It is not necessary to offer discrete definitions of deliberateness or willfulness so long as the jury instruction on premeditation is proper. See Powell v. State, 108 Nev. 700, 709-10, 838 P.2d 921, 927 (1992), vacated on other grounds, 511 U.S. 79 (1994); see also Doyle v. State, 112 Nev. 879, 921 P.2d 901 (1996); Witter v. State, 112 Nev. 908, 921 P.2d 886 (1996); DePasquale v. State, 106 Nev. 843, 803 P.2d 218 (1990), cert. denied, 502 U.S. 829 (1991) (using premeditated and deliberate as a single term); Briano v. State, 94 Nev. 422, 581 P.2d 5 (1978) (same). Premeditation requires the state to "prove that a design to kill was distinctly and rationally formed in the mind of the perpetrator, at or before the time the fatal blows were struck. . . . [regardless of] how short a time existed between the formation of the design to kill and the killing itself." Briano, 94 Nev. at 425, 581 P.2d at 7 (citations omitted).
In Powell, this court examined an instruction identical to the instruction challenged by Schoels and held that it was a proper definition of premeditation. Id., 108 Nev. at 710, 838 P.2d at 927. Accordingly, we hold that the district court did not err by failing to define willfulness or deliberateness.
Schoels also contends that the district court erred by failing to include his proposed language in the jury instruction regarding voluntary manslaughter. At trial, Schoels argued that the victim's threat of physical violence to Schoels was sufficient provocation to justify a finding of voluntary manslaughter. The defense proposed the following addition to the instruction: "The serious and highly provoking injury which causes the sudden heat of passion for purposes of voluntary manslaughter can occur without direct physical contact." The proposed language is consistent with Nevada law. See Roberts v. State, 102 Nev. 170, 717 P.2d 1115 (1986) (a serious and highly provoking injury need not be a direct physical assault on the victim). The State argues that the reference to attempt in the jury instruction sufficiently conveys that no direct physical assault is necessary to provoke manslaughter, and that the proposed language was therefore superfluous.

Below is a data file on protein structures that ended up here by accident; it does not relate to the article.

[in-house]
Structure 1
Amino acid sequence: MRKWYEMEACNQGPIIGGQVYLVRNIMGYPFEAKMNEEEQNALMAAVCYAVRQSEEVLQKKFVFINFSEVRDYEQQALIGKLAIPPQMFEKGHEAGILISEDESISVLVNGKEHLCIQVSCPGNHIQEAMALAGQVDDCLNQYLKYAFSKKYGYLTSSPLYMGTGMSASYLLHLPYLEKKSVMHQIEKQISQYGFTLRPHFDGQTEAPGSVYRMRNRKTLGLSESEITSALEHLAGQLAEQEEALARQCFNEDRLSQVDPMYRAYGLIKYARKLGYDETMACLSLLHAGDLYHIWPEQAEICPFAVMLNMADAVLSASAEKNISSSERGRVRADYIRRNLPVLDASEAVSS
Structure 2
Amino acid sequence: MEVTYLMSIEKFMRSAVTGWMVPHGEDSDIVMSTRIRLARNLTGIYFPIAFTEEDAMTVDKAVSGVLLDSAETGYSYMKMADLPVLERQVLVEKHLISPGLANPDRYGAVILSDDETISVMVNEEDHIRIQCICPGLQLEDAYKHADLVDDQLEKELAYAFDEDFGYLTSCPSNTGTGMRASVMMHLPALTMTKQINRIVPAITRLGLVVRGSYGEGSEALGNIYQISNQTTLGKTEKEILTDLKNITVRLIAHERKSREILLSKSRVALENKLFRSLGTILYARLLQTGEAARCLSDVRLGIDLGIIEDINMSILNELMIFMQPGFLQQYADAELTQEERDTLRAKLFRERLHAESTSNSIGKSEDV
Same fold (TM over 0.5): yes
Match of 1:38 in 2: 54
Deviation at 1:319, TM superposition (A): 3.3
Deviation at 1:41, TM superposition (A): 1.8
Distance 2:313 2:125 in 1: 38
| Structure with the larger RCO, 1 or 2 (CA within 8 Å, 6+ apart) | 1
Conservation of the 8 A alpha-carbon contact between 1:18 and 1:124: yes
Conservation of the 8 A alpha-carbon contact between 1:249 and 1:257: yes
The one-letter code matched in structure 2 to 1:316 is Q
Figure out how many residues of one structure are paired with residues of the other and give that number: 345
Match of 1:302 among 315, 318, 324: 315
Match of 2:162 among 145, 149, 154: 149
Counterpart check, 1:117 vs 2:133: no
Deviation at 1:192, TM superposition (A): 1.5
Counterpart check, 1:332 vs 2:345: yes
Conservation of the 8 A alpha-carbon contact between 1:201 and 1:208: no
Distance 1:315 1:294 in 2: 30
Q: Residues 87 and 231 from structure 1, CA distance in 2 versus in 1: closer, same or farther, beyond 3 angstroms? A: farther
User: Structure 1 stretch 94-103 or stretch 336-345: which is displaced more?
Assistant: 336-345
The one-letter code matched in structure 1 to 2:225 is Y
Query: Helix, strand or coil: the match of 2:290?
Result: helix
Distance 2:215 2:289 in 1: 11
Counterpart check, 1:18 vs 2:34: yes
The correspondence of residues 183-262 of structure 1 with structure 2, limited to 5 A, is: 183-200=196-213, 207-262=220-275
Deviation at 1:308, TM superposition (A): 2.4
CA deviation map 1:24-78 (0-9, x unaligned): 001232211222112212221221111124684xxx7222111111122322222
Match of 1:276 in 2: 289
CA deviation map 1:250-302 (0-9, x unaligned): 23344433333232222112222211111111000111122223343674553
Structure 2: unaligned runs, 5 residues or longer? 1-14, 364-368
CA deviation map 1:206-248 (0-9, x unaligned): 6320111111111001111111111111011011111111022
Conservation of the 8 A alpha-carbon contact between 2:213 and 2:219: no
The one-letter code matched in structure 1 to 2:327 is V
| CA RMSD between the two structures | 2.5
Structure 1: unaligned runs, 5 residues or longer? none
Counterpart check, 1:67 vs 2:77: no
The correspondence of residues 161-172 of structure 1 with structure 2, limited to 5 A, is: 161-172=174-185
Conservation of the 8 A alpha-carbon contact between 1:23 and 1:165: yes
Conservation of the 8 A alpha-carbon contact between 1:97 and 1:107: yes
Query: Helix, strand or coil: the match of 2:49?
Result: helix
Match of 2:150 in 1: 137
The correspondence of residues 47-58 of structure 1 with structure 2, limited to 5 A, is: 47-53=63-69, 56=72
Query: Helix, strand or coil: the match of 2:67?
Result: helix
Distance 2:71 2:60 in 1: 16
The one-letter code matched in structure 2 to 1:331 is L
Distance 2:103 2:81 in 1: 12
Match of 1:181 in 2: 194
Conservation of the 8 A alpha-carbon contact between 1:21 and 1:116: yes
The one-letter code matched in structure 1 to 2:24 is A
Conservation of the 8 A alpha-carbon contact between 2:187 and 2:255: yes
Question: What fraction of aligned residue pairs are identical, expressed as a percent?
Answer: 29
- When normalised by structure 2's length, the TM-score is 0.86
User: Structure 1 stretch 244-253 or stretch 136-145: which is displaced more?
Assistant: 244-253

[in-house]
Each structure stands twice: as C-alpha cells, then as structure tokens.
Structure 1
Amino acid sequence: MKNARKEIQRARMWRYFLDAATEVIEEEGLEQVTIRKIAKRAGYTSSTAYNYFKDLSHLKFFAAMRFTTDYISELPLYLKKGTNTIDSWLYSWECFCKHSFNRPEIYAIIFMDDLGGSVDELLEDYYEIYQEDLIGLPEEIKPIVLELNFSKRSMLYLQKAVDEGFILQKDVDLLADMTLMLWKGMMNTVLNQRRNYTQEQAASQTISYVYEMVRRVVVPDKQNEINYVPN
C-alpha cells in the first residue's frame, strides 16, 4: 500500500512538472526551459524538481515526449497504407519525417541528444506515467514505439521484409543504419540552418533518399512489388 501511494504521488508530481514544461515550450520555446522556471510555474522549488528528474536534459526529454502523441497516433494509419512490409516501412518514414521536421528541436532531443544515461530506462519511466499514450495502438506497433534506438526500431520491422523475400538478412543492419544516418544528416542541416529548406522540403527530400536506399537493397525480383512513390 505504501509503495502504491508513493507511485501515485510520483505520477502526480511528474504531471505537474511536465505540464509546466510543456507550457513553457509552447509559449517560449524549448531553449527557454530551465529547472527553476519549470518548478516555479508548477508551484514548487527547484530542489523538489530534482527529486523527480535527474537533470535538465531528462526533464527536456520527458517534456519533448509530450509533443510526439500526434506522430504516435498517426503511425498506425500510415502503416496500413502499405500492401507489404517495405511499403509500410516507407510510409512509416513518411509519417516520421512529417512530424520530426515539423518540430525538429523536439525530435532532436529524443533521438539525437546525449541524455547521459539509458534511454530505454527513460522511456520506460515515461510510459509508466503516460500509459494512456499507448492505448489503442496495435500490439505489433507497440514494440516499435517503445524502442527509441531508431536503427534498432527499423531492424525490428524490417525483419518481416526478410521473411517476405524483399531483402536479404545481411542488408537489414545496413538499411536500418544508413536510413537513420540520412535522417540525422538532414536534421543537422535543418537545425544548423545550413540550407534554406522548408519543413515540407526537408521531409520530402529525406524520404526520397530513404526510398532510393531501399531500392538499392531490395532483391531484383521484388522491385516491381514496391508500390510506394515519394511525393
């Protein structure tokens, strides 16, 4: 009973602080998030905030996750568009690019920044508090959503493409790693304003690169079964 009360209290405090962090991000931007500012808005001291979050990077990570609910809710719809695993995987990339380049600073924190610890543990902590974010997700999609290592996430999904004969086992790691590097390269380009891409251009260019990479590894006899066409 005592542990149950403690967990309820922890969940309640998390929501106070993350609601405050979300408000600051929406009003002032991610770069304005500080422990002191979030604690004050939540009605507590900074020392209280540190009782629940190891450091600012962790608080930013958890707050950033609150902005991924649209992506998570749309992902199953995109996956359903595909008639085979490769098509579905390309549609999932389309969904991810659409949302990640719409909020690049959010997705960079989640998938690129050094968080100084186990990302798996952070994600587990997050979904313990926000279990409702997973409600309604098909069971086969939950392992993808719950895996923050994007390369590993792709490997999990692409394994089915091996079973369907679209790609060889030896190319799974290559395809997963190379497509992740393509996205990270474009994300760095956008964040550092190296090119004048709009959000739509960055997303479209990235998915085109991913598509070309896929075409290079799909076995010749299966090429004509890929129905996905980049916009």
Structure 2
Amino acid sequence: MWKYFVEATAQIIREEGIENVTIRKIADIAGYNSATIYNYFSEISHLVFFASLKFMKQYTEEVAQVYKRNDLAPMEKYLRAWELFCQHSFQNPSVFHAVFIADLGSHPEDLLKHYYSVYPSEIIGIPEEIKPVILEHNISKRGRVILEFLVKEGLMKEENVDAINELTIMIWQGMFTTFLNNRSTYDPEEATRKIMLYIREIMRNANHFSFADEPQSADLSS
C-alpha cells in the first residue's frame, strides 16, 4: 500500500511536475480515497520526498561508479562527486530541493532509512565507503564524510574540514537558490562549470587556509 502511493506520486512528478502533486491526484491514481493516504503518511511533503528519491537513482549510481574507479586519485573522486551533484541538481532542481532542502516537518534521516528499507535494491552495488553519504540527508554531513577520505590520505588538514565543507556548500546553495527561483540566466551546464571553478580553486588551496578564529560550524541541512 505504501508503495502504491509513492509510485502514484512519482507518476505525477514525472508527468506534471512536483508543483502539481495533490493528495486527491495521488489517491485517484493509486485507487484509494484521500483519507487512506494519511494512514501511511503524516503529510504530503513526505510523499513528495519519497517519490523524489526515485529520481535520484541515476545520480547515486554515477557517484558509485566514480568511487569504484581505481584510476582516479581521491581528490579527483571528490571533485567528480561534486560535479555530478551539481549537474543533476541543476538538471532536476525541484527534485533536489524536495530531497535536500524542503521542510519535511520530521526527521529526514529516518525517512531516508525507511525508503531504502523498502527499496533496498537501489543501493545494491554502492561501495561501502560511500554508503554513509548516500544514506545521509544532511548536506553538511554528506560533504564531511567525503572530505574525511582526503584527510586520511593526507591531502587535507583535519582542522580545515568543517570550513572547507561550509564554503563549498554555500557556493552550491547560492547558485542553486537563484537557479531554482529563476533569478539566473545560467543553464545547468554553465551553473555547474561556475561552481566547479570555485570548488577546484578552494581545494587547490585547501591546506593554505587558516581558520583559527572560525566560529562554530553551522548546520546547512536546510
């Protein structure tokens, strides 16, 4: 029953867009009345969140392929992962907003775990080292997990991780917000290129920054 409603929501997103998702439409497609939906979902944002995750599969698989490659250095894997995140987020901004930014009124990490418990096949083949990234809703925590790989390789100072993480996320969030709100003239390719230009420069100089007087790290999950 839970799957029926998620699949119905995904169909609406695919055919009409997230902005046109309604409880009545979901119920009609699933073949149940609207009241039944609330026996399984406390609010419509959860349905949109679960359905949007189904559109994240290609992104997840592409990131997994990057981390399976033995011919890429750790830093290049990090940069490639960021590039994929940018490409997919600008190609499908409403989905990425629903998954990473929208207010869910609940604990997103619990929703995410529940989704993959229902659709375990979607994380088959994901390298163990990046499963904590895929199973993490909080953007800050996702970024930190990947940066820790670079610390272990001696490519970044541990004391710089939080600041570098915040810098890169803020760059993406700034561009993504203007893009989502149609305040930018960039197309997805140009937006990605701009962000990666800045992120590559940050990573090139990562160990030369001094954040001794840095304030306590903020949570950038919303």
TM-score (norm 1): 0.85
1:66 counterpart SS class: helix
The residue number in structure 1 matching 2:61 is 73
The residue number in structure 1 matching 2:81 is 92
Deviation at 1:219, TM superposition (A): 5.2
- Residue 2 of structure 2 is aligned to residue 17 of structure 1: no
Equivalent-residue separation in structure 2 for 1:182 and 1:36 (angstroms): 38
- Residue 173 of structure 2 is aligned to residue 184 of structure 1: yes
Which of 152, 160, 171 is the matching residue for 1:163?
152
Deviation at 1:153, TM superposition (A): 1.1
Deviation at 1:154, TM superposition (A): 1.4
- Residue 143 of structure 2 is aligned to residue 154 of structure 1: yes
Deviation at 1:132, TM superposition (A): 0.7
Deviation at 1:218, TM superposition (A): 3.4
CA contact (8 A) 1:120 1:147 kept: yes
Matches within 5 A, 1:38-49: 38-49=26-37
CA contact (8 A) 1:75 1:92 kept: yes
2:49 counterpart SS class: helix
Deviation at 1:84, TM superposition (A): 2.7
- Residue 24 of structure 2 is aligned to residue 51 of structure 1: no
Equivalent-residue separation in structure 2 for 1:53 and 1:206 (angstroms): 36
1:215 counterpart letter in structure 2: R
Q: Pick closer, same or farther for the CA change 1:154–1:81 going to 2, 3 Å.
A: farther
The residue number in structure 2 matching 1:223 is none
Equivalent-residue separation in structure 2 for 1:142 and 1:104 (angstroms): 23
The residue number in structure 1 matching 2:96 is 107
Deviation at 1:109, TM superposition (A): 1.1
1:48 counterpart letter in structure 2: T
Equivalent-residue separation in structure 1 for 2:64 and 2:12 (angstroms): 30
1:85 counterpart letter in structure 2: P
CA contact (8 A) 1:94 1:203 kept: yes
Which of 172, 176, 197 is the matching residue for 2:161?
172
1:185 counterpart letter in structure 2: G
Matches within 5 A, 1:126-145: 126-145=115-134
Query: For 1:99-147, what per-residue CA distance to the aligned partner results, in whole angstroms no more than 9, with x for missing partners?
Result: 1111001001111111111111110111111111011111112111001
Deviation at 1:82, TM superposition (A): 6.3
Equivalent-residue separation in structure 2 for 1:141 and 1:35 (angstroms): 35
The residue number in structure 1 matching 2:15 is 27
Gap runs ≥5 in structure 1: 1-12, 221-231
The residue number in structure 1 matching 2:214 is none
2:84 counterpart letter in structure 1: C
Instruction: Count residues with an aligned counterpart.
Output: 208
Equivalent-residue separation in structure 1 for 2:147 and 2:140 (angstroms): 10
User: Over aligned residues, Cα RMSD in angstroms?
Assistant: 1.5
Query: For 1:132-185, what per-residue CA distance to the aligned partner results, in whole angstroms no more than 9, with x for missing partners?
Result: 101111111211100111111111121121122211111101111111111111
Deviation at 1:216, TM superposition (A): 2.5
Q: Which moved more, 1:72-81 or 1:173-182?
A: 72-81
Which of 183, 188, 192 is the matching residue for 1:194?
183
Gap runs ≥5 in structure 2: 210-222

Jury Instruction No. 19 provided:
Voluntary manslaughter is the unlawful killing of a human being without malice, express or implied, without any admixture of deliberation. It must be voluntary, upon a sudden heat of passion caused by a provocation apparently sufficient to make the passion irresistible. In cases of voluntary manslaughter, there must be a serious and highly provoking injury inflicted upon the person killing, sufficient to excite an irresistible passion in a reasonable person, or an attempt by the person killed to commit a serious personal injury on the person killing.